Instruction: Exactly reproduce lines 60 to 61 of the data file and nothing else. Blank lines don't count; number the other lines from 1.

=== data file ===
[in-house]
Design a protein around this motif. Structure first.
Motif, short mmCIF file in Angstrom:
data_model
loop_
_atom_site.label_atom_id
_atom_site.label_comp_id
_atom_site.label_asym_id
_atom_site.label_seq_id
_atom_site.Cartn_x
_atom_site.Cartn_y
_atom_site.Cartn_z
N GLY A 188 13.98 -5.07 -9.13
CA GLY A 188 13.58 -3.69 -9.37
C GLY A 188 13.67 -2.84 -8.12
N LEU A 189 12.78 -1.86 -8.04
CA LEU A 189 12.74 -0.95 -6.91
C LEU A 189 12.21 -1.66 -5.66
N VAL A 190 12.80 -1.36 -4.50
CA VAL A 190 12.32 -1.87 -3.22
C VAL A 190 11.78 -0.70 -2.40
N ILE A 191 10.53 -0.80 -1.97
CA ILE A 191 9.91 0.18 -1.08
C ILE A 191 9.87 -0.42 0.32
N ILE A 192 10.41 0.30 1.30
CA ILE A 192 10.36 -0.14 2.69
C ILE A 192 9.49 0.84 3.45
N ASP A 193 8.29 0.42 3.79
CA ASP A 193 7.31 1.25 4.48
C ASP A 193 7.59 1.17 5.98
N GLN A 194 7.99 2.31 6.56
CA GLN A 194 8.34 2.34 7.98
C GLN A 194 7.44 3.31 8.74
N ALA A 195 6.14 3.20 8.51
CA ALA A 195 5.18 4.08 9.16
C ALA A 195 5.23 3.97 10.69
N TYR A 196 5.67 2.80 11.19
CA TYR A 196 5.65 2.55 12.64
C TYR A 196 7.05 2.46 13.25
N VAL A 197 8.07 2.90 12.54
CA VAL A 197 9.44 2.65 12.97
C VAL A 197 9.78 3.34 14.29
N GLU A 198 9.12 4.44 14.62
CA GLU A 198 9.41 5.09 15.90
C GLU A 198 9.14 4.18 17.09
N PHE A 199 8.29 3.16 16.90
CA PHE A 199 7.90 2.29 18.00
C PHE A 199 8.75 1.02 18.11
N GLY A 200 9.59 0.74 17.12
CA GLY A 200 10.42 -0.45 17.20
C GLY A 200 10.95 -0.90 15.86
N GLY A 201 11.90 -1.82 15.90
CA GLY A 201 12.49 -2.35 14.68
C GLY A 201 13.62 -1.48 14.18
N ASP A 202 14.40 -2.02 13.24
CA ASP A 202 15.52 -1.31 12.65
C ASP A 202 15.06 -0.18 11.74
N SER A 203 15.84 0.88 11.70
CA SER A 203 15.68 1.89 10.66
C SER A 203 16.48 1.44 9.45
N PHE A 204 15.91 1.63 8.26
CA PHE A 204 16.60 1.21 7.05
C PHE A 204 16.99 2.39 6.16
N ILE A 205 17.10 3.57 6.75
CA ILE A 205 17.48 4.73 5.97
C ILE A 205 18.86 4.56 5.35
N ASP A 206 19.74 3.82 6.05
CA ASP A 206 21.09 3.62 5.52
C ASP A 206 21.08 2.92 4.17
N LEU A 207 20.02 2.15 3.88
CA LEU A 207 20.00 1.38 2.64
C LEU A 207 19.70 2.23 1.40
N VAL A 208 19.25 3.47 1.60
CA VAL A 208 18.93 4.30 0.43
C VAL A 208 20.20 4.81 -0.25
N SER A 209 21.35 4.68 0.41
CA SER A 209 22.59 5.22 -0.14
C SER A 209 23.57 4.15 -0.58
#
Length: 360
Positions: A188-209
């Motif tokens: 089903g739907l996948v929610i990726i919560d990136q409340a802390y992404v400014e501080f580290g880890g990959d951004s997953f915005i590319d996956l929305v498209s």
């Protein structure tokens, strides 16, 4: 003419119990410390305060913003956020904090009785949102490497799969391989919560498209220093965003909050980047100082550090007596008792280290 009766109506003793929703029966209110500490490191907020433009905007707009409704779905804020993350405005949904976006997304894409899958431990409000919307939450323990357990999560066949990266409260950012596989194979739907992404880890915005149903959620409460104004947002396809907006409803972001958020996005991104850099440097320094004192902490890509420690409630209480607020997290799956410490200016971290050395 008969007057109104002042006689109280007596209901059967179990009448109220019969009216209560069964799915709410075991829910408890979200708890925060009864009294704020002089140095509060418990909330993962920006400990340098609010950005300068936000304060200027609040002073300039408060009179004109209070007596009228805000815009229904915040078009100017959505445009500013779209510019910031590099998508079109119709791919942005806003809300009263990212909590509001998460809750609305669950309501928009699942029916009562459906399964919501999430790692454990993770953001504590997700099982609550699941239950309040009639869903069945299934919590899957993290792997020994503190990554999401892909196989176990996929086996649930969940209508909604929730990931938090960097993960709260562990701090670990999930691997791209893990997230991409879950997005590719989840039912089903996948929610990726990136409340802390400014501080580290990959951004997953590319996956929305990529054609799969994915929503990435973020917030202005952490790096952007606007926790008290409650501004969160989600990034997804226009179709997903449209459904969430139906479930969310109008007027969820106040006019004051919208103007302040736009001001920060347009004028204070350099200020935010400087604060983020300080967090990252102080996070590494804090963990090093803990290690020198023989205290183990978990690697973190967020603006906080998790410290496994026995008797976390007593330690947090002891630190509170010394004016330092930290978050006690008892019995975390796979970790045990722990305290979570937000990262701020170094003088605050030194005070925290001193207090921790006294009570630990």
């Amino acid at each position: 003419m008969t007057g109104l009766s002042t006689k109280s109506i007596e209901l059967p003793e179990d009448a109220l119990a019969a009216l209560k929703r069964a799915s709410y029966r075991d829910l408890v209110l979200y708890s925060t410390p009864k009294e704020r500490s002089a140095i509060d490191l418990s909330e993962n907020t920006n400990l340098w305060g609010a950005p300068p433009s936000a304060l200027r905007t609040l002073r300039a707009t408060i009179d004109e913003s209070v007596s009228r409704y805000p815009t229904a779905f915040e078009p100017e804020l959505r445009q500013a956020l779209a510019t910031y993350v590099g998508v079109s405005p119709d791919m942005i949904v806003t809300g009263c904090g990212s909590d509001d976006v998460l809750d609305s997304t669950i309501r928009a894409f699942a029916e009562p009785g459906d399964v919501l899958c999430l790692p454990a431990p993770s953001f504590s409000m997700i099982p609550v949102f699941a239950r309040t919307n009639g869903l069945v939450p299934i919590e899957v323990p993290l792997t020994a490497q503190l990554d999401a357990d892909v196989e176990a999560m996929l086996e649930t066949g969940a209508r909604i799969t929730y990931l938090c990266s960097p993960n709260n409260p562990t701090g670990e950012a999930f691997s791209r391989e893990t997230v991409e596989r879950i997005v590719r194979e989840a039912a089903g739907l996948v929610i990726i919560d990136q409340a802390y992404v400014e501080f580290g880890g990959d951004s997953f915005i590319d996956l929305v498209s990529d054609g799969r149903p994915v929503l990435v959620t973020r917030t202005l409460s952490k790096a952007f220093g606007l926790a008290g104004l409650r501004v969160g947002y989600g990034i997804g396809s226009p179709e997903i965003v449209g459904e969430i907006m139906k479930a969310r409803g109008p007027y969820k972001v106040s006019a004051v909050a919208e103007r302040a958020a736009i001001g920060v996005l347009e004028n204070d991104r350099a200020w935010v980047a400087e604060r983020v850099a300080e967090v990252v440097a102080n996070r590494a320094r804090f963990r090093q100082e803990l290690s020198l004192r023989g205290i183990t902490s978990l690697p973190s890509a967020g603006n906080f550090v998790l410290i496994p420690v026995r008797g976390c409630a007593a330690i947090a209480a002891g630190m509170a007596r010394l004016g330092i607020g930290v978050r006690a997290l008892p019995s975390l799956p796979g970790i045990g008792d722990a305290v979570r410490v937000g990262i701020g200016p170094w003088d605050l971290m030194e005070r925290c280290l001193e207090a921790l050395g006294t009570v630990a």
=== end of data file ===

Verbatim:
C SER A 203 16.48 1.44 9.45
N PHE A 204 15.91 1.63 8.26